Breed-specific legislation

The wolfdog has been the center of controversy for much of its history, and most breed-specific legislation is either the result of the animal's perceived danger or its categorization as protected native wildlife. [31] The Humane Society of the United States, the RSPCA, Ottawa Humane Society, the Dogs Trust, and the Wolf Specialist Group of the IUCN Species Survival Commission consider wolfdogs to be wild animals and therefore unsuitable as pets, and support an international ban on the private possession, breeding, and sale of wolfdogs. [18] [32] [33]

According to the National Wolfdog Alliance, 40 U.S. states effectively forbid the ownership, breeding, and importation of wolfdogs, while others impose some form of regulation upon ownership. [34] In Canada, the provinces of Alberta, Manitoba, Newfoundland, and Prince Edward Island prohibit wolfdogs as pets. [35] Most European nations have either outlawed the animal entirely or put restrictions on ownership. [36] Wolfdogs were among the breeds banned from the U.S. Marine Corps base at Camp Pendleton and elsewhere after a fatal dog attack by a pit bull on a child. [37]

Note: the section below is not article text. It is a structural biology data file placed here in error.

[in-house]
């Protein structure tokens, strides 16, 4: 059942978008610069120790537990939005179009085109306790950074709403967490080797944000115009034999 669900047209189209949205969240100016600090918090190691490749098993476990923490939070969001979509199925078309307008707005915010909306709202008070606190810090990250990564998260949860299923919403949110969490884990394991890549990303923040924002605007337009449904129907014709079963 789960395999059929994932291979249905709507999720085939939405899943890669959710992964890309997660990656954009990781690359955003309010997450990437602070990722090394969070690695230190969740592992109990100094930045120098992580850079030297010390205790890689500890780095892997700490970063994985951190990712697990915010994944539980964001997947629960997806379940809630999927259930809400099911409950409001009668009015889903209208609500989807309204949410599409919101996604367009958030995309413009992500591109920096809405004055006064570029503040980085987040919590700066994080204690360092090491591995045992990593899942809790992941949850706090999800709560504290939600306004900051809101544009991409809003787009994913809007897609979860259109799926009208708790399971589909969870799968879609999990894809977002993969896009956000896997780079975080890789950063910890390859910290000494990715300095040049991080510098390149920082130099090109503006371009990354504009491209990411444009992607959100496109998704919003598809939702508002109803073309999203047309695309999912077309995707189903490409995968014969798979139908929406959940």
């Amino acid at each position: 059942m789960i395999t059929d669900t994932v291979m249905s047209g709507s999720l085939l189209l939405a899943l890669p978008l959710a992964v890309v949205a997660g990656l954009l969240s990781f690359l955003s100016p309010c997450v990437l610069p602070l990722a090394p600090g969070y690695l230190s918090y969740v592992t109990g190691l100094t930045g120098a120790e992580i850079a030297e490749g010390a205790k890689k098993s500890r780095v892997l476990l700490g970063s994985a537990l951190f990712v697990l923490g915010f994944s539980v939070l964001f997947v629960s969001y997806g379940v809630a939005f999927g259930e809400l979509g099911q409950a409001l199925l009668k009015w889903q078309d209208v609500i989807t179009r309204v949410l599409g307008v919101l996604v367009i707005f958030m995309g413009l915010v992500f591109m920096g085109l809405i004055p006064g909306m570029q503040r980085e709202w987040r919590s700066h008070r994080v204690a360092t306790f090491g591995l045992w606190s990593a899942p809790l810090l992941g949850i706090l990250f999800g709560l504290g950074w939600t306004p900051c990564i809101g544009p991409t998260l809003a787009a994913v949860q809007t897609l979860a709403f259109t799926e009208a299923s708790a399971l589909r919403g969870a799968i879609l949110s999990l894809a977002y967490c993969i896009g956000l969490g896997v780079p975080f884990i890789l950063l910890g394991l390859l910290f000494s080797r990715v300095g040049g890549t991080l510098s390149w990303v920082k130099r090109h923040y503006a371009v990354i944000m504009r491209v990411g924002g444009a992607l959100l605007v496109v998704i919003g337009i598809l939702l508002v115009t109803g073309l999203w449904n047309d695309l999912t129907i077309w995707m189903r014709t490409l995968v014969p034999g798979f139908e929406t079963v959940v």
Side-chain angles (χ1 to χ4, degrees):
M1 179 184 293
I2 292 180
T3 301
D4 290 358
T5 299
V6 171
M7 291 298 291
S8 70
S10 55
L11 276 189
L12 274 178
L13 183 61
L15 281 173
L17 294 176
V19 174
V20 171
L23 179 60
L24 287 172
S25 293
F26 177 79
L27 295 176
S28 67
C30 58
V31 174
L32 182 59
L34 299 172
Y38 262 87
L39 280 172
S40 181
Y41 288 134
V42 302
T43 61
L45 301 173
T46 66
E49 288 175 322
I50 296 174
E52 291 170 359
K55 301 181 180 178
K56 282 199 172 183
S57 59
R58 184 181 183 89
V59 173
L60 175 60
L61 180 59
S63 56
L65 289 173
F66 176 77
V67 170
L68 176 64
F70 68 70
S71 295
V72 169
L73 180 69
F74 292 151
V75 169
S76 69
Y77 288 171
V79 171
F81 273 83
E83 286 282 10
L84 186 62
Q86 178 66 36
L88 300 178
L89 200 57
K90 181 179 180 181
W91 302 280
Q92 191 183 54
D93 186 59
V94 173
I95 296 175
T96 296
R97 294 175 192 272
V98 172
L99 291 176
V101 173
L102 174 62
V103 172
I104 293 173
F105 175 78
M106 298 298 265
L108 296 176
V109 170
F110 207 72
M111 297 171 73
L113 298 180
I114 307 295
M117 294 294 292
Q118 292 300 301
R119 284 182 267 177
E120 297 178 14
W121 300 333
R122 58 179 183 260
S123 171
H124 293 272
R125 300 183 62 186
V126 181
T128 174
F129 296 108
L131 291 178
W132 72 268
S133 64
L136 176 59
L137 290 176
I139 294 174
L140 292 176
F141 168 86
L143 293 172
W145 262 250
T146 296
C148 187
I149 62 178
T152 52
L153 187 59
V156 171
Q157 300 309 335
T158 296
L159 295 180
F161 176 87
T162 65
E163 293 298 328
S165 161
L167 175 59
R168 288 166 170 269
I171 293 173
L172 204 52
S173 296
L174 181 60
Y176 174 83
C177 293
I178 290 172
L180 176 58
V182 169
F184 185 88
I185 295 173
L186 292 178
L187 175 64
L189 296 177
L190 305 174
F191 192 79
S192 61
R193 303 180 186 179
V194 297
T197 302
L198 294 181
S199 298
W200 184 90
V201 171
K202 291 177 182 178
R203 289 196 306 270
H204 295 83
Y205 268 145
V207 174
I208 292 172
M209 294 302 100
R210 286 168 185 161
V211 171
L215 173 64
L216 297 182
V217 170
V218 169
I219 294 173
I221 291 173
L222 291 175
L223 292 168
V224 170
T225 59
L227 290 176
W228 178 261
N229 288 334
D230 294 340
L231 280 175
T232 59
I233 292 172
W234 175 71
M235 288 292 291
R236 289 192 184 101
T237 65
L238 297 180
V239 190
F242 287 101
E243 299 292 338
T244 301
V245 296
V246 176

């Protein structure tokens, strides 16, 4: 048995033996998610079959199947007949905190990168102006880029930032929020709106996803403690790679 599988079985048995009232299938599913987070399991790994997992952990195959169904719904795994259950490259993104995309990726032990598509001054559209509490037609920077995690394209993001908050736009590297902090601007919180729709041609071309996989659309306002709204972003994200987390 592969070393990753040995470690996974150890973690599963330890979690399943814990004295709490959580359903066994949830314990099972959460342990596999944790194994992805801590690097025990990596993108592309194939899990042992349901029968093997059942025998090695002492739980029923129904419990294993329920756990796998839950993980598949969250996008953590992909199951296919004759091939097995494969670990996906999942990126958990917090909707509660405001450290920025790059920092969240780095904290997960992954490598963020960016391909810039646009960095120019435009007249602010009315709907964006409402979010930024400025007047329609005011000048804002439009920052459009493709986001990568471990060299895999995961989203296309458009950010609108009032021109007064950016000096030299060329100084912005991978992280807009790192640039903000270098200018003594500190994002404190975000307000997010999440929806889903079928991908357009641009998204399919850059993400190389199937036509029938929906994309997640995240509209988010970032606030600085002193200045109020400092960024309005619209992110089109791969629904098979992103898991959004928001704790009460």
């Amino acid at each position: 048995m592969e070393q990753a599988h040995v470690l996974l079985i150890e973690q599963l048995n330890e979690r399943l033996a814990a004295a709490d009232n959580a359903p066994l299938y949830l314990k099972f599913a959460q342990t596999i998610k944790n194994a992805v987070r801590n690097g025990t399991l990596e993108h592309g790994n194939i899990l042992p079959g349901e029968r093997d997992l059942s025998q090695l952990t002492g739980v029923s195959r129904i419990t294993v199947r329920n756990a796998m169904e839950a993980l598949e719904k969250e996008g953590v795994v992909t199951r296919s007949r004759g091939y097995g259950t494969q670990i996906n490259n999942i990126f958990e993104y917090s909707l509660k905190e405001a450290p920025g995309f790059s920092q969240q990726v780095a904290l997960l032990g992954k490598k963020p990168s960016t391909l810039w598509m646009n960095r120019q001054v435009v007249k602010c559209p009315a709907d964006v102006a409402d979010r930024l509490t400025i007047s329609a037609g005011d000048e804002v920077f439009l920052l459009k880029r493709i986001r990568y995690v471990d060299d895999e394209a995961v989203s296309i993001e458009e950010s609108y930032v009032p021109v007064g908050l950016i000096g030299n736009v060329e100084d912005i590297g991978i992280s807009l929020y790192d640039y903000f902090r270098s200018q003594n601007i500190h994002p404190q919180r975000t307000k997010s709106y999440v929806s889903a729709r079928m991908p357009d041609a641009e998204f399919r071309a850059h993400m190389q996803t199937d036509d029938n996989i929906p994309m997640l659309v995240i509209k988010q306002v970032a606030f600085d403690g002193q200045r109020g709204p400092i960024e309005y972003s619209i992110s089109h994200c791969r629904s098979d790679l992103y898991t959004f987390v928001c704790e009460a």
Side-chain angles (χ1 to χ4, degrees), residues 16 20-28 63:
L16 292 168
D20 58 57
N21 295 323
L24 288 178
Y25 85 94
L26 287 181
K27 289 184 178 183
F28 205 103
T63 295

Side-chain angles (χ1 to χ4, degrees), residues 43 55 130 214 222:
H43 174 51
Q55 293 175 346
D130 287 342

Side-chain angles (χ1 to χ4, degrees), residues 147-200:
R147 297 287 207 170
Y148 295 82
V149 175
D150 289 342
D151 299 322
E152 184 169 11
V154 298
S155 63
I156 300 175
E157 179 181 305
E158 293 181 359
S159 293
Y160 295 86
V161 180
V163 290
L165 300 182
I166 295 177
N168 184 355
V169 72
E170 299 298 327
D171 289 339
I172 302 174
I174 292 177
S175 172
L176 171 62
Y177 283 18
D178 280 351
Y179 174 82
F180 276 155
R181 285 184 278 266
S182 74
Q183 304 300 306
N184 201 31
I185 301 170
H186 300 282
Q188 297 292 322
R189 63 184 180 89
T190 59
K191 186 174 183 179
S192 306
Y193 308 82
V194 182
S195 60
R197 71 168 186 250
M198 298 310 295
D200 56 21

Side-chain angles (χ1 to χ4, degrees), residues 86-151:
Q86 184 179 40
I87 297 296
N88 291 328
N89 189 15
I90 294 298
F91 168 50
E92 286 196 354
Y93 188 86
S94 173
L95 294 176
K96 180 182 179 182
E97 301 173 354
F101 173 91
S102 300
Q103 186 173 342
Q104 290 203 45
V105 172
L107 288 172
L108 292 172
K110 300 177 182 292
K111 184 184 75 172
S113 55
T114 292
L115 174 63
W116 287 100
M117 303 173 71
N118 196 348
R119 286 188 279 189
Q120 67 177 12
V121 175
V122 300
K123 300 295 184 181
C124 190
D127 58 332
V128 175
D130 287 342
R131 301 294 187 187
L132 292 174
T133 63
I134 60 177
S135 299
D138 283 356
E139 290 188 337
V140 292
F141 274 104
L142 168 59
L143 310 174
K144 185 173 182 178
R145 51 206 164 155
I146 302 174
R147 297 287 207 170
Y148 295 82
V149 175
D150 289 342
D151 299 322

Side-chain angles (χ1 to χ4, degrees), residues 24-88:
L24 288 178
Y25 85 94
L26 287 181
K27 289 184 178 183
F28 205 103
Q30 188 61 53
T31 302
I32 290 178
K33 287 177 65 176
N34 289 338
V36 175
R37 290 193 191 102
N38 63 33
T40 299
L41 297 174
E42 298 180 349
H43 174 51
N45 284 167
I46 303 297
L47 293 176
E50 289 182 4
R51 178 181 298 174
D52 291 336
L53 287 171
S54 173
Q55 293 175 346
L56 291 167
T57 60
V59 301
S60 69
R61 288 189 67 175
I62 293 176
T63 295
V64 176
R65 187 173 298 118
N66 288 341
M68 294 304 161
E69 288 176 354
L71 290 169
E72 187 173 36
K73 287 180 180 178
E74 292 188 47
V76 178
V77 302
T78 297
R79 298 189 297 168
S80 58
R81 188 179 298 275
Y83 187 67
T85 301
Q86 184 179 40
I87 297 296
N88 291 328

Skeleton of a wolf-dog hybrid from the Museum national d'histoire naturelle Wolfhybridskeleton.jpg
Skeleton of a wolf-dog hybrid from the Muséum national d'histoire naturelle

The physical characteristics of an animal created by breeding a wolf to a dog are not predictable, similar to that of mixed-breed dogs. In many cases the resulting adult wolfdog may be larger than either of its parents due to the genetic phenomenon of heterosis (commonly known as hybrid vigor). [26] Breeding experiments in Germany with poodles and wolves, and later on with the resulting wolfdogs showed unrestricted fertility, mating via free choice and no significant problems of communication (even after a few generations). However, the offspring of poodles with either coyotes and jackals, all showed a decrease in fertility, significant communication problems, and an increase of genetic diseases after three generations of interbreeding between the hybrids. The researchers therefore concluded that domestic dogs and wolves are the same species. [19]